How Far Can You Push Integration With FPGAs?

If you squint your eyes, a modern FPGA looks like a programmable logic device was crossbred with the mutt of a switch ASIC and an SoC. As architected today, FPGA sort of embodies the compute heterogeneity that is happening inside of server nodes and across datacenter clusters as well as down onto itself. The FPGA has memory embedded into its gates, right close to compute as needed, and also DRAM and sometimes HBM memory as well and in a way that CPUs do not.

It is always tempting to integrate as much hard-coded stuff on any CPU or SoC to eliminate some of the latencies between components and the cost of creating them independently. This is why CPUs have long since had integrated hierarchies of cache memory and controllers for main memory (either DDR or HBM), PCI-Express peripherals, and Ethernet network interfaces gradually pulled off the server motherboard and onto the die. And it is also why hard blocks of Arm cores, interconnect SerDes, DDR and HBM memory controllers, and various other components are now part of FPGAs aimed at the datacenter. But this integration can go too far, making over-engineered for specific workloads and more expensive for all workloads because everyone ends up paying some dark silicon tax.

Either way, it is tough to get the balance right, and it is tough for everyone to say heterogeneity under bright lights, apparently. Striking that balance was one of the topics of conversation at The Next FPGA Platform event we recently held at the Glass House in San Jose. We sat down with Patrick Dorsey, vice president and general manager of FPGA and Power product marketing in the Network and Custom Logic Group at Intel; Ivo Bolsens, chief technology officer at Xilinx; and Manoj Roge, vice president of product planning and business development at Achronix to talk about the push and pull of device integration and the touch balancing act that the key FPGA makers do.

“It’s a good question, and as many of you in the audience know, Altera had some long-standing co-development with Intel around putting Xeons and FPGAs in the same package,” says Dorsey, and we reminded him that we thought the integrated Xeon-FPGA was an intriguing project. “One of the challenges is what do you integrate and what do you give up when you integrate? One of the things that we see is that flexibility matters – we are in the flexibility business, we build FPGAs – and it not only matters in the chip but also at the system level. Having the choice of which FPGA and which Xeon, that’s a lot of value, and sometimes when you integrate, you destroy value. It happens. You create value because the form factor gets smaller, the power gets lower, and the performance gets better because the interfaces can be optimized. It’s a trade-off. I have been doing this, along with my counterparts here, for over 25 years, and the great thing that is happening now is that technology enables the choice. So heterogeneous is an option at multiple levels in the system, and there are a lot of things that we can do with the packaging technology and the interfaces that we have.”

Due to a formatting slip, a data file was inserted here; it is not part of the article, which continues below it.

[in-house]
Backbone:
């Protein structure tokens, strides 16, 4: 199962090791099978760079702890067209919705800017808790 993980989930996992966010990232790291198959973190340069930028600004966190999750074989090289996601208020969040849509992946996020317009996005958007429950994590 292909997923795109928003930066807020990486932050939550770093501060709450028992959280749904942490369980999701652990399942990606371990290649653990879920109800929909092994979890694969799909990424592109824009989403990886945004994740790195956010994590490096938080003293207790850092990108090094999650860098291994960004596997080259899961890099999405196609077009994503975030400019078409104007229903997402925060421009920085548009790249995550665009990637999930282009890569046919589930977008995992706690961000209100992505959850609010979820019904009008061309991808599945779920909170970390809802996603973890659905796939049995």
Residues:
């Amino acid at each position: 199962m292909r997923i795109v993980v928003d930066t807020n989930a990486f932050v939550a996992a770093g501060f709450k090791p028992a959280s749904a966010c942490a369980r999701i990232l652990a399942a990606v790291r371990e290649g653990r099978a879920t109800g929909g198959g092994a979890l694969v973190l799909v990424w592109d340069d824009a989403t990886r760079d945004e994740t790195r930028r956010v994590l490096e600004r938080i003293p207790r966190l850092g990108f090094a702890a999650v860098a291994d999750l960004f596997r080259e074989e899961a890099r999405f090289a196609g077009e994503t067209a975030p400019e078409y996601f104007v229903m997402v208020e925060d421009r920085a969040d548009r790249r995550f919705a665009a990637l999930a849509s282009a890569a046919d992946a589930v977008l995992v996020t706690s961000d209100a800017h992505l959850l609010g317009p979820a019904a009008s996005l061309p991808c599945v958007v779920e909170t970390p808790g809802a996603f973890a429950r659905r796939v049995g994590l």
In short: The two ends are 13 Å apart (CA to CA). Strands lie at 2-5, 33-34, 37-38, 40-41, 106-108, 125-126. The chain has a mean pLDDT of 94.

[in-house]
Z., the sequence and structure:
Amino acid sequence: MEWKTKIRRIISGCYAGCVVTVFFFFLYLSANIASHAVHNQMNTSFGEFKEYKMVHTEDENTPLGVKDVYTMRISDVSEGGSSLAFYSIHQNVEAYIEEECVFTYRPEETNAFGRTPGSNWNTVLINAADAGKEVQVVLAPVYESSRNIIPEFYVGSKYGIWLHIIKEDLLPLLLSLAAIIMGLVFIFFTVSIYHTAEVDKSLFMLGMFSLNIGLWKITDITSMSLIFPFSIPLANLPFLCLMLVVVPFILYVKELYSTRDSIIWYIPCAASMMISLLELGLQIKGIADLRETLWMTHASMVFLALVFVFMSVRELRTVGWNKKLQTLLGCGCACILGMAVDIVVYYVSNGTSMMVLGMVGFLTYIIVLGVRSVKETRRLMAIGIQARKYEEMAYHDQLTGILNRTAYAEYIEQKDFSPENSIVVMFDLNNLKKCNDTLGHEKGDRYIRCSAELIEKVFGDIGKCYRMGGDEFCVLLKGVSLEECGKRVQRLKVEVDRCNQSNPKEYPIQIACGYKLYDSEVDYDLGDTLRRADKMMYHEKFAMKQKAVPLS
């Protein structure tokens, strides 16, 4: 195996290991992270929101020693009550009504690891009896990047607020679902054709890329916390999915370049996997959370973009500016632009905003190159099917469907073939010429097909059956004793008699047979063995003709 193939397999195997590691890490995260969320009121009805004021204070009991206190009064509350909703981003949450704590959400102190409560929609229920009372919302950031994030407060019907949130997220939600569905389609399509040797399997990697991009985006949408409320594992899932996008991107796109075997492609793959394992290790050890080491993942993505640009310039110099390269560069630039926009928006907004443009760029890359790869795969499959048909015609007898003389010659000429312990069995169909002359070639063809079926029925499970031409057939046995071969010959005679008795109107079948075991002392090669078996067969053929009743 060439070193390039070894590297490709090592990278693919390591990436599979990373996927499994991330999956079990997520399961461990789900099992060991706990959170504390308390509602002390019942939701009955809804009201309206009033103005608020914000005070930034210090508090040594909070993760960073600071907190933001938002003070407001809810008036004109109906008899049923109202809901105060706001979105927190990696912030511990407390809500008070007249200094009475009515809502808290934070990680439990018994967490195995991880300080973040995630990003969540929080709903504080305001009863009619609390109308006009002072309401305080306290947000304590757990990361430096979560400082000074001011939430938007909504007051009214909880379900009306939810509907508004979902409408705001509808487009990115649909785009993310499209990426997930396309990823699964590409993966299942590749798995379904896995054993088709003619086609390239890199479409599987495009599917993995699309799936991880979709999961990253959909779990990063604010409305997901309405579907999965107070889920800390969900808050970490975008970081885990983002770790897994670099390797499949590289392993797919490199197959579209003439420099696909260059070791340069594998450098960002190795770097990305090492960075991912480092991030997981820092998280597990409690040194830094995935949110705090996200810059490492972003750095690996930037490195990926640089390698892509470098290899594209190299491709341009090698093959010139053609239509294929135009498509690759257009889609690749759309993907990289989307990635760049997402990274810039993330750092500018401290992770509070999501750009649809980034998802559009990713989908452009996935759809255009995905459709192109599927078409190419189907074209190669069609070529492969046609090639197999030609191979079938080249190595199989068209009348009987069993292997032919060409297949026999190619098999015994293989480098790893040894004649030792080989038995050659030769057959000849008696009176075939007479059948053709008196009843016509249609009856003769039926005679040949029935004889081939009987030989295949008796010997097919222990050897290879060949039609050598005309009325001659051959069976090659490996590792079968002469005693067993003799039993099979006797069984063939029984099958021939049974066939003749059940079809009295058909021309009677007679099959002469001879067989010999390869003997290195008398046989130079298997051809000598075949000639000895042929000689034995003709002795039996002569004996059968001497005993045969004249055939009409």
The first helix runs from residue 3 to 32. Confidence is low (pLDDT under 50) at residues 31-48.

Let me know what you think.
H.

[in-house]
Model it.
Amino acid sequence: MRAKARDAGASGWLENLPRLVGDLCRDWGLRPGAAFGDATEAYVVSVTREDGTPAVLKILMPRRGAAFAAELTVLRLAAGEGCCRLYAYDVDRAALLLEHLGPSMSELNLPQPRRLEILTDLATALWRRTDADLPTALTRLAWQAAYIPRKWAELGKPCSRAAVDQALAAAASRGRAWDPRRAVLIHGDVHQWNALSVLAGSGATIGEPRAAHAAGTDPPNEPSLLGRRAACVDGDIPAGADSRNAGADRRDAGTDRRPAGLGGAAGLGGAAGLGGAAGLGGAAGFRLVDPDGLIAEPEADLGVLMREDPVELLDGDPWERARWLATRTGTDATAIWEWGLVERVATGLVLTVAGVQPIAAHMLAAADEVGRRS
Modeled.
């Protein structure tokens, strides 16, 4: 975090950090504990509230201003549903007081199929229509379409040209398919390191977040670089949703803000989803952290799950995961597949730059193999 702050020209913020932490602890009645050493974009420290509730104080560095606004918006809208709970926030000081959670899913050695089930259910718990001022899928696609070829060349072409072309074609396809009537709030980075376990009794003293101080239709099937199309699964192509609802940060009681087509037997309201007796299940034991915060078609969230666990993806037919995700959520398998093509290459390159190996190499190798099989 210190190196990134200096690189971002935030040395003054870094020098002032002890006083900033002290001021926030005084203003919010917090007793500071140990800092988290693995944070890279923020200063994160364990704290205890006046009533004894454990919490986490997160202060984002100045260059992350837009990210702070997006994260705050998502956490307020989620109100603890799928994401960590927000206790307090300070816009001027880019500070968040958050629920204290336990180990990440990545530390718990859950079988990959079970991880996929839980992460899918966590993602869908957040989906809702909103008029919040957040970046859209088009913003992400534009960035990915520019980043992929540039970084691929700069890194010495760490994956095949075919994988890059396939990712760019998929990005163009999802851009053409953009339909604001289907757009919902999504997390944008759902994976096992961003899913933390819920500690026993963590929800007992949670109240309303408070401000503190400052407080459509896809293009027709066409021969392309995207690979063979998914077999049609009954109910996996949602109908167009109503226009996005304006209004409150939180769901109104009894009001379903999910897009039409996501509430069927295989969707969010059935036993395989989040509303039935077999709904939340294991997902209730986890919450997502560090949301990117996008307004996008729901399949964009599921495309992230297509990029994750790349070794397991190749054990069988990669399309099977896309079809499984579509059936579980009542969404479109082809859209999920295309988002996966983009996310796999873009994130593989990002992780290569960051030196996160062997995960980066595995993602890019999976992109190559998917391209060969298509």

Xilinx does not own its own datacenter processors, excepting the Arm cores that it embeds on devices such as the latest “Everest” FPGAs announced last year, but Bolsens concurs that this fractal hierarchy of heterogeneity is an important aspect of modern distributed systems as well as FPGAs themselves.

“Heterogeneity is a value proposition of the FPGA, so it is something that we should not see too much as a problem, but an opportunity,” Bolsens explains. “Now, having said that, if you think about what an FPGA is, first of all it has a very general, programmable switch interconnect that allows you to immerse functionality into that interconnect without being disruptive in your architecture. So you can bring a diverse set of functionality into that switch-based interconnect. So in that sense, integrating hardware building blocks in an FPGA is a little bit more transparent than in many other applications.”

That real challenge of FPGAs themselves and the systems that use them are what proportions of compute, storage, and networking. And Bolsens says that there are some lessons that FPGA makers can learn at the high the datacenter, where components are being disaggregated and then recomposed on the fly, and apply them down to the FPGA device level.

First and foremost, according to Achronix, you need the right compute components for the task. “But our approach was slightly different,” says Roge. “We focused on building the best FPGA fabric and solved some of the bottlenecks you see in the traditional FPGA architectures, with the network on chip structures and with a big focus on ease of design and ease of use. And in terms of the form factors, we support standalone FPGAs, or chiplets, or even monolithic integration, and we let customers pick the right form factor for the right approach. I have been doing FPGA product planning for many years, and you have to map hundreds of use cases onto a few tapeouts – and it is very difficult to get that mix right.”

Some of the big FPGA makers have chiplets, others will get there at some point when Moore’s Law starts slowing down more, and if you want to hear about what they had to say about that, you will have to take a gander at the video above. This offers great potential for having a broad array of FPGA devices, with different capabilities, with only incremental cost increases. We also talked about what the key hardware innovations are coming down the pike for datacenter-class FPGAs.

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